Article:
A concerted campaign by the SA Police Association prompted a Government backflip in February last year, restoring full compensation provisions for police officers injured in the line of duty.
However, the deal was put in place through an enterprise agreement, rather than an amendment to the Return To Work Act, which maintains a two-year cap on income maintenance and a three-year cap on medical expenses for all workers, unless their injuries are deemed “catastrophic”.
But the Government is poised to sign off on compensation exemptions for a raft of other frontline workers, including firefighters, ambulance officers and emergency service volunteers – and has already done so for public hospital nurses.
Emergency Services Minister Peter Malinauskas confirmed to an estimates hearing in July that “if the Government were going to provide an additional entitlement to police officers, it would be reasonable that that entitlement also be provided to other emergency first-responders”.
But Malinauskas told InDaily the arrangements would be made on an ad hoc basis, with the Government ruling out broader legislative change – the preferred option of the relevant unions.
“You can’t just take what happens to police and apply it as if it happens to fireys,” he said.
“What we’ve negotiated for police is specific to police – but the principle remains the same.”
Ambulance Employees’ Association general secretary Phil Palmer told InDaily the union was currently “negotiating directly with the Attorney-General for a clause in our agreement”.
“We’re close to getting an agreement, but we’re not there yet,” he said.
“I’m confident we’ll get something that’s good for our members.
“What it will do is provide income and medical support beyond what the Return To Work act provides.”
The union’s latest enterprise agreement, finalised in recent months, contained a clause maintaining that the compensation matter must be negotiated and inserted into the existing pay deal.
Palmer said the amendment would be on the basis that ambulance workers operate in an “uncontrollable and unpredictable” environment, but insisted that going forward “we’ll be seeking a more durable remedy, either through the Return to Work Act or the Healthcare Act”.
“We believe there needs to be legislative change,” he said.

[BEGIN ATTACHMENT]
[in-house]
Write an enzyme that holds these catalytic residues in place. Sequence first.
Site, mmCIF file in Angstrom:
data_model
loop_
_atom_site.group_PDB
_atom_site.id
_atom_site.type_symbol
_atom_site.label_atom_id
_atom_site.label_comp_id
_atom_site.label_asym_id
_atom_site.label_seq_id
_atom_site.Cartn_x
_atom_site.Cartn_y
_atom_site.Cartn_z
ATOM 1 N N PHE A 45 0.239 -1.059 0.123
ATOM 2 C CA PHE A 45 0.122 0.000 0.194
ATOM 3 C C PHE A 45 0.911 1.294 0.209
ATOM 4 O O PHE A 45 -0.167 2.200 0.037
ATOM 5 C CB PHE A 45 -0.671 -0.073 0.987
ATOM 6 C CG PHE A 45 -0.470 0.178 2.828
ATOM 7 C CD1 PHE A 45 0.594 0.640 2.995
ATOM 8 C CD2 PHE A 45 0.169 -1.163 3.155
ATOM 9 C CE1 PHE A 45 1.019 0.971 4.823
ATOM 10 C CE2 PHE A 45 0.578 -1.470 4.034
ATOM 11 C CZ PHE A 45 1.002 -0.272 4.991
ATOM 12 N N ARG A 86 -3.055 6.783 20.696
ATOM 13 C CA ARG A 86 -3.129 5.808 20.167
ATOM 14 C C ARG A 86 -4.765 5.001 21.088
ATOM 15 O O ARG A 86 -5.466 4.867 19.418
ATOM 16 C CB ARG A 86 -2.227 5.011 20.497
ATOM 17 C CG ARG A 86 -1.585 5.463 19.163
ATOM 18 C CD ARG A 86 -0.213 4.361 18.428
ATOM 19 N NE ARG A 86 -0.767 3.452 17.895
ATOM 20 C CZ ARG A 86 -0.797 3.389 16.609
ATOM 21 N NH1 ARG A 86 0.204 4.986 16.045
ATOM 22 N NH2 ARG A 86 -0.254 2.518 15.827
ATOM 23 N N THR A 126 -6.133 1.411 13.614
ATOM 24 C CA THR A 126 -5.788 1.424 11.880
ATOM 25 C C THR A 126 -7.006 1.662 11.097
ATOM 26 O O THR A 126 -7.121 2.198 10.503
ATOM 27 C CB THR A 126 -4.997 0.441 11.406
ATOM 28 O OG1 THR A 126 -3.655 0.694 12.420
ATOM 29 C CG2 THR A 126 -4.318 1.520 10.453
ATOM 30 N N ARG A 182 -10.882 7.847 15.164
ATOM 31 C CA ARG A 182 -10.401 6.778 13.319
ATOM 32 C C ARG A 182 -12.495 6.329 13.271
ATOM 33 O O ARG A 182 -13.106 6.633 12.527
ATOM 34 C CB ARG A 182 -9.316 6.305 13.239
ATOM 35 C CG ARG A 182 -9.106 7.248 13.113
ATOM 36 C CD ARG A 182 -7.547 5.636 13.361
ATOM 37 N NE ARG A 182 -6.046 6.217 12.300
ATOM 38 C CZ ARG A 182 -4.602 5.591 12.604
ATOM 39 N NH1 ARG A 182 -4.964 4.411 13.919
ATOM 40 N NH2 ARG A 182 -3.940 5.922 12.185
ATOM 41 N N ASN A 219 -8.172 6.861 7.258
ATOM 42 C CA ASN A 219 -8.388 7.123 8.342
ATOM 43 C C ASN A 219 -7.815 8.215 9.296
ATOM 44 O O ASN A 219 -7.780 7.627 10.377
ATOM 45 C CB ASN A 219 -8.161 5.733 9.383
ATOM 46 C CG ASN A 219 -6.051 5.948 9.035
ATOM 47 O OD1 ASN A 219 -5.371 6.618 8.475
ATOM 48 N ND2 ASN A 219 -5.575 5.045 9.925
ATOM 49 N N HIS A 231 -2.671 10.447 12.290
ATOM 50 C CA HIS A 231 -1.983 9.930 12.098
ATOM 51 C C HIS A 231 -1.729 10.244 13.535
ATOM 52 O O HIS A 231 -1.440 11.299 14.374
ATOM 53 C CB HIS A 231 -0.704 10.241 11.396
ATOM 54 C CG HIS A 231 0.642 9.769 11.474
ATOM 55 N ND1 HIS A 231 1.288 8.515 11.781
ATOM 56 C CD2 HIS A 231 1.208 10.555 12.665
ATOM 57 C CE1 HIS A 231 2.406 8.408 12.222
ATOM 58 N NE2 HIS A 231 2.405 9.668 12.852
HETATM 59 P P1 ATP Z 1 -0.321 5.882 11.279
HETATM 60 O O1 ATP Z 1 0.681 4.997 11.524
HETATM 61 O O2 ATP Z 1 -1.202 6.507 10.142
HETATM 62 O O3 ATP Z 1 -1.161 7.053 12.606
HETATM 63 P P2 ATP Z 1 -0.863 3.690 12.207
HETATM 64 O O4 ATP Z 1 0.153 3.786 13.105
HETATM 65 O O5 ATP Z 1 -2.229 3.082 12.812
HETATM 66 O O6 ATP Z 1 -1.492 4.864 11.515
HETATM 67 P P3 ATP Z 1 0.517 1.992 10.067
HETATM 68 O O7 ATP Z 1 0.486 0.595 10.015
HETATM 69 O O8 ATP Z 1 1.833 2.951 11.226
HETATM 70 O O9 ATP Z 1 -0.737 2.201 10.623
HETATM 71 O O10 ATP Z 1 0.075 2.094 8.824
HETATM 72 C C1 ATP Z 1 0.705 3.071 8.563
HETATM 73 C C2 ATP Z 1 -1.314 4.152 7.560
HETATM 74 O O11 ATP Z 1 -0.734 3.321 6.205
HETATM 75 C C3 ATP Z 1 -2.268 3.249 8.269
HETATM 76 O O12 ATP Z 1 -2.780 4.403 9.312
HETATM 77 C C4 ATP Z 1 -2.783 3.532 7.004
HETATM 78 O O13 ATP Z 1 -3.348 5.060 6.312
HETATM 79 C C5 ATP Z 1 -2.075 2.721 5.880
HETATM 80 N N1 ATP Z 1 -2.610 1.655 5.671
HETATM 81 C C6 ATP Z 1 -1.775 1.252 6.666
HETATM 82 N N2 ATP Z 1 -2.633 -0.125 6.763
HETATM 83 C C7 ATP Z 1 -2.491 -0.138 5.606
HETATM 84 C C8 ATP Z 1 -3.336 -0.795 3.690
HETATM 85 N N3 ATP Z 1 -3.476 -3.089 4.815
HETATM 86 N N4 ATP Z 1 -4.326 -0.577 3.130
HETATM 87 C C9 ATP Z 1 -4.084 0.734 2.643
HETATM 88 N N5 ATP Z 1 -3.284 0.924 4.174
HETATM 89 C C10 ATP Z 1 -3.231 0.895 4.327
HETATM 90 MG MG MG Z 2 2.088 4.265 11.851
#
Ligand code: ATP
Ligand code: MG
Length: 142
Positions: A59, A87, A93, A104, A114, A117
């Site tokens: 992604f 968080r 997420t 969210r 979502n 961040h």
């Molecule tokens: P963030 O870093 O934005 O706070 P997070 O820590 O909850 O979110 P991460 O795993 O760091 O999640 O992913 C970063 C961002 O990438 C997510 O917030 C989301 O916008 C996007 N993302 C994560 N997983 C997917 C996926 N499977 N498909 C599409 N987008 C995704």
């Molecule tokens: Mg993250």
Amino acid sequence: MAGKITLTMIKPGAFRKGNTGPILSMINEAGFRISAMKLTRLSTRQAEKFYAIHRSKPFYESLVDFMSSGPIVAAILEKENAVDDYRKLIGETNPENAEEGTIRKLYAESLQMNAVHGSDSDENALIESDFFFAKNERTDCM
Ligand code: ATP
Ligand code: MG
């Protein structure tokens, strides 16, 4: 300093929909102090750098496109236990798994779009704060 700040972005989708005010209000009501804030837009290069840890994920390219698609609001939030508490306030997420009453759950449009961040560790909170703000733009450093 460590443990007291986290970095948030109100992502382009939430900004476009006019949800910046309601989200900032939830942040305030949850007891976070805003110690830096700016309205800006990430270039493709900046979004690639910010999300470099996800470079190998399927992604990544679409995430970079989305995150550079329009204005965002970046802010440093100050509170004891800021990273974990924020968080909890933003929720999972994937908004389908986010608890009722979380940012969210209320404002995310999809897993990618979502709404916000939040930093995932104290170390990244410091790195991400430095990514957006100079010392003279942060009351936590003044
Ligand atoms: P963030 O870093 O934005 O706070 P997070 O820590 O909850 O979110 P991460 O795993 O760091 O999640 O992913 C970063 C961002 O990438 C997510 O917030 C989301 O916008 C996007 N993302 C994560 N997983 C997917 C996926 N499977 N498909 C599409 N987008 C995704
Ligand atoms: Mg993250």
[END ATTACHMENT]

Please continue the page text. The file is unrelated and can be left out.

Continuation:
“Our view is that all workers deserve what we’ll get – but I don’t look after other workers.”
That’s a view echoed by Australian Nursing and Midwifery Federation secretary Elizabeth Dabars, whose union gained its own exemption to the workers’ compensation provisions as part of the EBA the Government agreed to last December.
“It would be nice to have it in legislation and covering workers more broadly,” Dabars told InDaily.
“We’d still advocate for the two-year cut-off to be wound back for all workers… we did get some improvements but the issue is still one we’re continuing to monitor.
“We’re a bit unlike the police in that we’ve got both public sector workers and non-public sector workers [and] non-public-sector workers are not covered by those provisions.”
That’s a concern, too, for frontline volunteers who don’t operate under an enterprise agreement.
Malinauskas told InDaily the Government had agreed in principle to provide Return To Work exemptions for CFS and SES workers injured in frontline duty, but “the only thing that’s been a bit tricky is finding the legal mechanism to be able to provide that entitlement to our emergency service volunteers”.
He said the Government was awaiting legal advice but intended to “have a policy with authority of cabinet to provide them with those additional entitlements”.
CFS Volunteers’ Association president Andy Wood was confident the compensation exemptions would be resolved.
“We will end up with them – put it that way,” he said.
It’s understood issues relating to Return To Work also form part of a standoff between the Public Service Association and the Government, which InDaily revealed last week was teetering on the brink of industrial “war”.
The PSA is seeking Return To Work exemptions for its members working in areas such as Corrections, youth training facilities and fruit-fly roadblocks, and wants the changes enshrined in both a new EBA and the state Fair Work Act.
While the deliberations have ended in a stalemate, Malinauskas agreed the same compensation principle should apply for Corrections workers, however he insisted there would not be broader legislative change.
Police Association president Mark Carroll, whose union’s high-profile campaign opened the floodgates for a glut of equivalent exemptions for frontline workers, also wants to safeguard the changes rather than have to renegotiate them with every new enterprise bargaining round.
He wants the exemptions enshrined in the Police Officers’ Award instead of the EBA, a scenario he told InDaily would “give us the certainty and continuity we need going forward”.
“Our lawyers and the Attorney-General’s lawyers are talking [about that] as we speak,” he said.
Newly-minted crossbencher Duncan McFetridge – who was the Opposition’s Emergency Services spokesman until he was sacked from the Liberal frontbench early this year – raised concerns about frontline compensation arrangements with Malinauskas in a July estimates hearing, and told InDaily the issue had to be solved through legislation.
He said he “absolutely” supported winding back Return To Work provisions to protect first-responders’ entitlements but “there’s a whole lot of issues that need to be worked through”.
“It’s going to cost a lot of money [but] we ask these people to risk their lives every day for us, so we should be prepared to pay the cost,” he said.
Industrial Relations Minister John Rau is on leave and was not available to comment.
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